As we are here saying what communism is not, rather than endeavouring to define what it is, this is perhaps the right place to state that communism, meaning thereby community of goods and the abolition of private property, has no connection with the doings of the Commune of Paris which was overthrown in May 1871. The French word Commune is a household word in France for "Township" or "Corporation." Every town and village in France has its Commune or municipality. In nearly every town and village there is corporate property called Les Biens Communaux, and this property is vested in the corporation or Commune. The similarity, however, of the French word for corporation to ours for expressing the doctrine of community of goods, has led to a great amount of misconception and confusion, even among writers who are generally careful and well informed. The revolution of the Commune was entirely political; it propounded no new economic theories. It arose from a joint effort of many sections of extreme politicians who were agreed in nothing but in demanding the establishment of (1) a democratic republic, and (2) the communal (or corporate) independence of Paris. Only about seven out of the seventy members of the Communal Government were communists in the economic sense, and these seven were among the most thoughtful and least violent of the party to which they belonged. They never had an opportunity of giving any official sanction to their communistic views, and they were gradually thrust on one side by their more violent and unscrupulous comrades. This is therefore not the place to attempt anything like an account of the brief reign of the Commune, which indeed belongs to the history of Paris. It is sufficient to state that its doings were not even tinged with communism in the economic sense of the word.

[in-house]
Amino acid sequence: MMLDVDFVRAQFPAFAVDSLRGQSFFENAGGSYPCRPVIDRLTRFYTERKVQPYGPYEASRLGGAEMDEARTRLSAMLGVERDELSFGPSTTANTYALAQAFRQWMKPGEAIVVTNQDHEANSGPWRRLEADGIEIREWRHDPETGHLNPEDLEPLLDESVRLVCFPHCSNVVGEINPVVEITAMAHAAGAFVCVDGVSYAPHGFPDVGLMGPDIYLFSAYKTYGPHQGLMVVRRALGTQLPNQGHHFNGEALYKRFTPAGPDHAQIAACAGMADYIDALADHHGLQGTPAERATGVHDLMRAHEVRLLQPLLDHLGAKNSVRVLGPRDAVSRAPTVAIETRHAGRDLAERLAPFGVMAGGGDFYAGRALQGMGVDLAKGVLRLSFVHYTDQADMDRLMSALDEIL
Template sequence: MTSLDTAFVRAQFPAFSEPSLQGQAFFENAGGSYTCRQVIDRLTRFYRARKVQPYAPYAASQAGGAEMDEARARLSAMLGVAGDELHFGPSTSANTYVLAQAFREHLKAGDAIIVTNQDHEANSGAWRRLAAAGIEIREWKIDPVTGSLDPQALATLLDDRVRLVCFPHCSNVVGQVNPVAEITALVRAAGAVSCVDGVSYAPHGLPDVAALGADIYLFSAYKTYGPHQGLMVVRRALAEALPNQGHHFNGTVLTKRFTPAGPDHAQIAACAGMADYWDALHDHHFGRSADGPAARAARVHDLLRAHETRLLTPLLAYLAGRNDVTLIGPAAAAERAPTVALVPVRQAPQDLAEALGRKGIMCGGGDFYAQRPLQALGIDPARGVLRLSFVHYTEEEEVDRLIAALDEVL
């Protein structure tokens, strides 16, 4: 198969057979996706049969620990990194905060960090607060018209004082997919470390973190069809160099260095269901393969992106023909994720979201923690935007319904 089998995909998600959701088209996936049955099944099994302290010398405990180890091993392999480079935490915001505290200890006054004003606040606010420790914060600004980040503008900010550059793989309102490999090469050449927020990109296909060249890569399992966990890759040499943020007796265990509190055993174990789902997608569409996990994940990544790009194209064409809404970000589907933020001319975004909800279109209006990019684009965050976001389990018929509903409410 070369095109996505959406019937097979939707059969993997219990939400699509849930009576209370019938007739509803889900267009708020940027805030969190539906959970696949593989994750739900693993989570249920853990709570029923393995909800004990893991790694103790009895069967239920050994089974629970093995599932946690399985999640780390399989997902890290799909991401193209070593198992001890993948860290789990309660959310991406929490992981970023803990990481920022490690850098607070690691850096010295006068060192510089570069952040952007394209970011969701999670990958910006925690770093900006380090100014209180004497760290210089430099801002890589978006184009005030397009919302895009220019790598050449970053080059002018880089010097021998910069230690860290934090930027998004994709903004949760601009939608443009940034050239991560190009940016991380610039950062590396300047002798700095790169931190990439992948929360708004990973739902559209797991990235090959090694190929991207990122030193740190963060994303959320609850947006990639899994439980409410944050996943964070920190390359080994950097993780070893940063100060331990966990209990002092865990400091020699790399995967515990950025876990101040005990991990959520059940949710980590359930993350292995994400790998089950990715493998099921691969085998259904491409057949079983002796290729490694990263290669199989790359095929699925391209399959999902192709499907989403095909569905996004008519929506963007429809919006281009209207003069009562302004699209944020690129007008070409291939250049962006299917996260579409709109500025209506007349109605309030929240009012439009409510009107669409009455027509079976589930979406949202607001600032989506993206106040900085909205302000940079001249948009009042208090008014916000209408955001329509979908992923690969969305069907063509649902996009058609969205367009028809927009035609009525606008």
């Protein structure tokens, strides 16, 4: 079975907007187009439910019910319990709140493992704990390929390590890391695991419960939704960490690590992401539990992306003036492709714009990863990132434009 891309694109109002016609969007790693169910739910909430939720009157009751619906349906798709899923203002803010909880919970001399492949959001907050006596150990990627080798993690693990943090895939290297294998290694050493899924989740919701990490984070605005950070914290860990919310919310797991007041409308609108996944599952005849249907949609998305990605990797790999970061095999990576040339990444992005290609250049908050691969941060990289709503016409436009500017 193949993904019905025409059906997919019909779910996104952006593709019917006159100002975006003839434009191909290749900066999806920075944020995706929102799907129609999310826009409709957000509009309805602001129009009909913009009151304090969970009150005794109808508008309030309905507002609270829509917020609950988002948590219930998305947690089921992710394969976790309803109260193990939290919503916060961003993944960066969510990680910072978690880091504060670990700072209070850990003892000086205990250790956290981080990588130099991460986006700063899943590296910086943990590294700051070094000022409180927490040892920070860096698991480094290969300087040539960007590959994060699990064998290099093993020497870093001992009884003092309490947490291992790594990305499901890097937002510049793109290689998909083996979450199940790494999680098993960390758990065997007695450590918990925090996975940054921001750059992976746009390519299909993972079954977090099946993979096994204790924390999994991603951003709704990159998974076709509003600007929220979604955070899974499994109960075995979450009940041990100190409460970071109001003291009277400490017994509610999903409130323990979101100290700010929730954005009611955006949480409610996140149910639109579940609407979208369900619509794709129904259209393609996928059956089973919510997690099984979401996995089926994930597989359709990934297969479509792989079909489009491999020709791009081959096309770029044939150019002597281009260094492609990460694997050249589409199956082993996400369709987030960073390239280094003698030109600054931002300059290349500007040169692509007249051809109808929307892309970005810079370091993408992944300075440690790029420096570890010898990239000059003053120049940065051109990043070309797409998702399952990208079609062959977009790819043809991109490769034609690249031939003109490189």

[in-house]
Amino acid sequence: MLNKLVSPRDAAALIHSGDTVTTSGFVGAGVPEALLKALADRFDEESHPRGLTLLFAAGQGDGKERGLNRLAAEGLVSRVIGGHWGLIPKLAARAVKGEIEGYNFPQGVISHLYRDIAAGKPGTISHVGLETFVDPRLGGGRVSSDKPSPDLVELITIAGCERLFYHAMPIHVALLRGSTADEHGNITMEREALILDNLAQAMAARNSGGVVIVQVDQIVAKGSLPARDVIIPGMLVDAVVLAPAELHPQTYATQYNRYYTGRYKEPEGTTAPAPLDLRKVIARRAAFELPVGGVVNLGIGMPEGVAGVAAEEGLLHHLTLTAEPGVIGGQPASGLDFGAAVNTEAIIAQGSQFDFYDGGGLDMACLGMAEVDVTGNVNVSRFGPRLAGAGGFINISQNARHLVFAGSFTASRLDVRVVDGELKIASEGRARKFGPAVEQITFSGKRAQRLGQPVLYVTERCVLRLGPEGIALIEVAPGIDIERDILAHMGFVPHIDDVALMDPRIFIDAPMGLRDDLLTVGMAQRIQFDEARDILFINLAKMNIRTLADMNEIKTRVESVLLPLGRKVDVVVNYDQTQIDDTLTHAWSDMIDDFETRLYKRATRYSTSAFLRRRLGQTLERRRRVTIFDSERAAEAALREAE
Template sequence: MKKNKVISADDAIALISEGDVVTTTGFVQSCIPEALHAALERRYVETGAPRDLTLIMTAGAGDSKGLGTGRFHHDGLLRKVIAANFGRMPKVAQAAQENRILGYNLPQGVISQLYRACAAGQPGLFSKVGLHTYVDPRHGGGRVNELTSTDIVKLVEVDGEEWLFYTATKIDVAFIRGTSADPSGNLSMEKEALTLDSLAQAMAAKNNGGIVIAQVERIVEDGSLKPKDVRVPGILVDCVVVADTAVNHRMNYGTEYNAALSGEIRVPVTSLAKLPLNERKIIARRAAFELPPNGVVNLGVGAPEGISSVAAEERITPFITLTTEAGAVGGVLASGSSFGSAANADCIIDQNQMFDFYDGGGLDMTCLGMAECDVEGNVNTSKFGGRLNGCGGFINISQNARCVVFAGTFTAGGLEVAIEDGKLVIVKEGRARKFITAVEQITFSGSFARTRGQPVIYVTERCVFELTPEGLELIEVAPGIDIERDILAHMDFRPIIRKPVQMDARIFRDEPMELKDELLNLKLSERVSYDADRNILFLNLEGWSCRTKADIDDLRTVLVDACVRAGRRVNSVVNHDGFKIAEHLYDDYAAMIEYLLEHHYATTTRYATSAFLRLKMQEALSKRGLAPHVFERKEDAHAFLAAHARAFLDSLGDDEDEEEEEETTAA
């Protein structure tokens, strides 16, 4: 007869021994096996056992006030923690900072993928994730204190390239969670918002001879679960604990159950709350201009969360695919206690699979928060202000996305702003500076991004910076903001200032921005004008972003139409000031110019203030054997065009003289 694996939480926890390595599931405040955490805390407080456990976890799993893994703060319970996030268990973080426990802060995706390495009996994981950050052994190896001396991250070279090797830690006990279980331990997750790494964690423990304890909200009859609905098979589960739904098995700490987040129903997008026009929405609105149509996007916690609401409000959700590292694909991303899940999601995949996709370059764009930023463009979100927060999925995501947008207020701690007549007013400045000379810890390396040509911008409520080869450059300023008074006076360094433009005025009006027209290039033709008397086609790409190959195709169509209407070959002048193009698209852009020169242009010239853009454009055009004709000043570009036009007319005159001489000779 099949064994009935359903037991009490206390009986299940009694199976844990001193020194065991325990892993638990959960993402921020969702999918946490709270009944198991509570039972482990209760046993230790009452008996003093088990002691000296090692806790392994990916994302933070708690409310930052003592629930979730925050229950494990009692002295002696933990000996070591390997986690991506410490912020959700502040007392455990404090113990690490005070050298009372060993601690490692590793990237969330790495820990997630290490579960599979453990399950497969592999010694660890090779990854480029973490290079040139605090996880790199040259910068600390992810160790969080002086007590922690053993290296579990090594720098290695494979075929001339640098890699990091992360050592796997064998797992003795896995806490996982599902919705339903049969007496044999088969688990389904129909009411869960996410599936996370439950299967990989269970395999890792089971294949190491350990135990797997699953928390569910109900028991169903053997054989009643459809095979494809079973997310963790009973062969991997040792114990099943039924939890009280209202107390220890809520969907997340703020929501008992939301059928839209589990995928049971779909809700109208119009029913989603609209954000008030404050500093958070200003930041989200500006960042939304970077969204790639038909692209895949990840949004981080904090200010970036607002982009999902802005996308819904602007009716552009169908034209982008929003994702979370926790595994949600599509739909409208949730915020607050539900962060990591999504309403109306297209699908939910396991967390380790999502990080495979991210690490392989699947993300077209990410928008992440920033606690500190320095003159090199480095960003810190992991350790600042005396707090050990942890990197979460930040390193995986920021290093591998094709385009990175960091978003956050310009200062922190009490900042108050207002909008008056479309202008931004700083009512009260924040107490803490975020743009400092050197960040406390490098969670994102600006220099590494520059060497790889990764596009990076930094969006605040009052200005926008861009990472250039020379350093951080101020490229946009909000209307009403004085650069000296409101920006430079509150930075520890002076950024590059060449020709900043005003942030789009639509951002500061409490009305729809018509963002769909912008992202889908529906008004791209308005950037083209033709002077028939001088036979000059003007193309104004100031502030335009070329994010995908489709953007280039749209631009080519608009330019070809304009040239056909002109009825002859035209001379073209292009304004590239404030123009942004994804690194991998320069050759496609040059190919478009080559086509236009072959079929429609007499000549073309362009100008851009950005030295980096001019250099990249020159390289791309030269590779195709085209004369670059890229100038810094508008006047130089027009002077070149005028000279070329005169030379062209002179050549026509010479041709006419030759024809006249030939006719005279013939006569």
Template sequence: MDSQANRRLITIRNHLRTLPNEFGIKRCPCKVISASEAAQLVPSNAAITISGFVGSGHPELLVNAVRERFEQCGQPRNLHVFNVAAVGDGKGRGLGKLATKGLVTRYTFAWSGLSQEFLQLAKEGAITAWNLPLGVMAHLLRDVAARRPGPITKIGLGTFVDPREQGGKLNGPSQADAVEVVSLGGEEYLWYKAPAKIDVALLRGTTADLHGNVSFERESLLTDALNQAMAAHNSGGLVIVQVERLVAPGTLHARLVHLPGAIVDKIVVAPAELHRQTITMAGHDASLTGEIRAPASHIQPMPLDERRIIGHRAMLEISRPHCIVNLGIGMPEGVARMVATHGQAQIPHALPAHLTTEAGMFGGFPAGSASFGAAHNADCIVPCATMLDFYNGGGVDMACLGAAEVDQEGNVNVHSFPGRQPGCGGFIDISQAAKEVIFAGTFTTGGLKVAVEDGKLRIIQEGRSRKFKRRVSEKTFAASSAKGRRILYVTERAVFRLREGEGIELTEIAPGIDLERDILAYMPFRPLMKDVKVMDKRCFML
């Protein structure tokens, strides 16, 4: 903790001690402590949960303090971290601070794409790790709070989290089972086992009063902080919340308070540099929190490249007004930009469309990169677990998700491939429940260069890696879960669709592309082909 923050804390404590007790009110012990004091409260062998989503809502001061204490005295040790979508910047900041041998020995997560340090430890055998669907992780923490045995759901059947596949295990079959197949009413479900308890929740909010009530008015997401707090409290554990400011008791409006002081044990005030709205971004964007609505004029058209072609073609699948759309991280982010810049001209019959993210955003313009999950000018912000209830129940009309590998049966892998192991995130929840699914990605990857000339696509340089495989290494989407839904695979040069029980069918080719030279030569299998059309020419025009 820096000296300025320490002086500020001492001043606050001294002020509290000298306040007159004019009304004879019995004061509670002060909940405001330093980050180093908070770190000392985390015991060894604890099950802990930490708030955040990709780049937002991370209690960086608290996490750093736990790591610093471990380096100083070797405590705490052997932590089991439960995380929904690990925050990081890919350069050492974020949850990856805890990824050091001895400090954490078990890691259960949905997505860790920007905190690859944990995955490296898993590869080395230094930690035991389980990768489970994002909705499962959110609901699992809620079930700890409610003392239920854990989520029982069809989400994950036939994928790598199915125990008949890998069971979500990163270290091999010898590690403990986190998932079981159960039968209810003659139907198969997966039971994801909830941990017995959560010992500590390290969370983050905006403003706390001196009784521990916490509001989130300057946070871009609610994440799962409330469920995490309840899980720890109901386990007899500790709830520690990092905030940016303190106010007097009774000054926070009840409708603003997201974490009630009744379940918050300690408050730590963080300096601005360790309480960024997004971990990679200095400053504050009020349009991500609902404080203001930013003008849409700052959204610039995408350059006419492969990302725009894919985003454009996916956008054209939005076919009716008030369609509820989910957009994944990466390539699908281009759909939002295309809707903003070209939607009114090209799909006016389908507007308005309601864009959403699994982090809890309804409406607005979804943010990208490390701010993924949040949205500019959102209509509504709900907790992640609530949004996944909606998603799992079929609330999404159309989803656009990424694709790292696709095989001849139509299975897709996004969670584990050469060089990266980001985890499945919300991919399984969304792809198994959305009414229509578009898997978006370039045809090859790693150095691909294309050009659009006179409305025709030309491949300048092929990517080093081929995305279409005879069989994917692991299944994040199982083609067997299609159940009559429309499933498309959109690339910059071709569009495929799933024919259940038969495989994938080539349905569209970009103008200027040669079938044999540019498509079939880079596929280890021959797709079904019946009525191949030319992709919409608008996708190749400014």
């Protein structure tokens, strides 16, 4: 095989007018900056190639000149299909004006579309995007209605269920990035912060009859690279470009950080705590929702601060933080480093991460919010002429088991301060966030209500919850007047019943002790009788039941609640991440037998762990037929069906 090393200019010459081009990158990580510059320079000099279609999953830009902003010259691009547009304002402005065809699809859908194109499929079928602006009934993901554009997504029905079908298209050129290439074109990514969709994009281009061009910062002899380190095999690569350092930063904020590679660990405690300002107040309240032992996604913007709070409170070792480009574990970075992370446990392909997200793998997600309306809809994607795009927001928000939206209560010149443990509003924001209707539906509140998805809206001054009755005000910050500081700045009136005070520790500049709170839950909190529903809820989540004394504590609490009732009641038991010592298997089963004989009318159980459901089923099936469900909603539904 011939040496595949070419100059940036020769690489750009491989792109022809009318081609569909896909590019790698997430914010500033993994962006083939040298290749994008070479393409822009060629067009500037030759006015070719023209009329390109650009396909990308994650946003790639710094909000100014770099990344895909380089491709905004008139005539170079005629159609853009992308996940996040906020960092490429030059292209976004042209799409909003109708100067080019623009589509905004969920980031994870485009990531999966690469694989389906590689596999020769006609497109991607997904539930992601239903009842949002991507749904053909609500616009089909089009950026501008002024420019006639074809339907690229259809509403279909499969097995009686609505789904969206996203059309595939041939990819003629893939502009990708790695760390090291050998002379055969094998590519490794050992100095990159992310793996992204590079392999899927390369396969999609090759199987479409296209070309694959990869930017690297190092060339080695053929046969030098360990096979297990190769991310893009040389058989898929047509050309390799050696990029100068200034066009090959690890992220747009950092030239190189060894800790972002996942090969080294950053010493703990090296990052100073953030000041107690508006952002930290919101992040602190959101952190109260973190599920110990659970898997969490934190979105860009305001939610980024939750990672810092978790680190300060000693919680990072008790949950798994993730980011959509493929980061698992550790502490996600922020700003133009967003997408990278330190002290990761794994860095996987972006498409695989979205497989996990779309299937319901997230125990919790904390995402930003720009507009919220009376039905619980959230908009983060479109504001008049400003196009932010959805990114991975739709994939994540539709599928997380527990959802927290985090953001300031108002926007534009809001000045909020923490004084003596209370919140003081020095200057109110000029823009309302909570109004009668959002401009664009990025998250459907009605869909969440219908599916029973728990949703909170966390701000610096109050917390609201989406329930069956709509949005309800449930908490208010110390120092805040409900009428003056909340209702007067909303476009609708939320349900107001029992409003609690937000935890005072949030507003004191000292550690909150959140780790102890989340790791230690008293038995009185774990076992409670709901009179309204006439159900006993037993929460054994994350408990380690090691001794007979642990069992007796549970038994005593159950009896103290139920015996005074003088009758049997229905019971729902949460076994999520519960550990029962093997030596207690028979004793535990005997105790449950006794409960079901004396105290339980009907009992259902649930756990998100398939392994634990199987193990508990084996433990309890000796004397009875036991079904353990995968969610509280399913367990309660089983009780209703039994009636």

Communistic schemes have found advocates in almost every age and in many different countries. The foremost men both of thought and action have from time to time been attracted by them. They have been so various in scope, and the amount of detail with which they are described by their authors is so considerable, that it is difficult to get at the underlying principle which is common to them all. It must be remembered that the philosophic communism of Plato and More has been adapted to the wants of actual daily life by rough German peasants and Lancashire operatives; and though of course the actual has differed a good deal from the ideal commune, yet their resemblance is, under the circumstances, very much more striking than their divergence. The one thing that is shared by all communists, whether speculative or practical, is deep dissatisfaction with the economic conditions by which they are surrounded. In Plato’s Republic the dissatisfaction is not limited to merely economic conditions. In his examination of the body politic there is hardly any part which he can pronounce to be healthy. He would alter the life of the citizens of his state from the very moment of birth. Children are to be taken away from their parents and nurtured under the supervision of the state. The old nursery tales, "the blasphemous nonsense with which mothers fool the manhood out of their children," are to be suppressed. Dramatic and imitative poetry are not to be allowed. Education, marriage, the number of births, the occupations of the citizens are to be controlled by the guardians or heads of the state. The most perfect equality of conditions and careers is to be preserved; the women are to have similar training with the men, no careers and no ambition are to be forbidden to them; the inequalities and rivalries between rich and poor are to cease, because all will be provided for by the stake. Other cities are divided against themselves. "Any ordinary city, however small, is in fact two cities, one the city of the poor, the other of the rich, at war with one another" (Republic, bk. iv. p. 249, Jowett’s translation). But this ideal state is to be a perfect unit; although the citizens are divided into classes according to their capacity and ability, there is none of the exclusiveness of birth, and no inequality is to break the accord which binds all the citizens, both male and female, together into one harmonious whole. The marvelous comprehensiveness of the scheme for the government of this ideal state makes it belong as much to the modern as to the ancient world. Many of the social problems to which Plato draws attention are yet unsolved, and some are in process of solution in the direction indicated by him. He is not appalled by the immensity of the task which he has sketched out for himself and his followers. He admits that there are difficulties to be overcome, but he says in a sort of parenthesis, "Nothing great is easy" He refuses to be satisfied with half measures and patchwork reforms. "Enough, my friend! but what is enough while anything remains wanting?" These sentences indicate the spirit in which philosophical as distinguished from practical communists from the time of Plato till to-day have undertaken to reconstruct human society.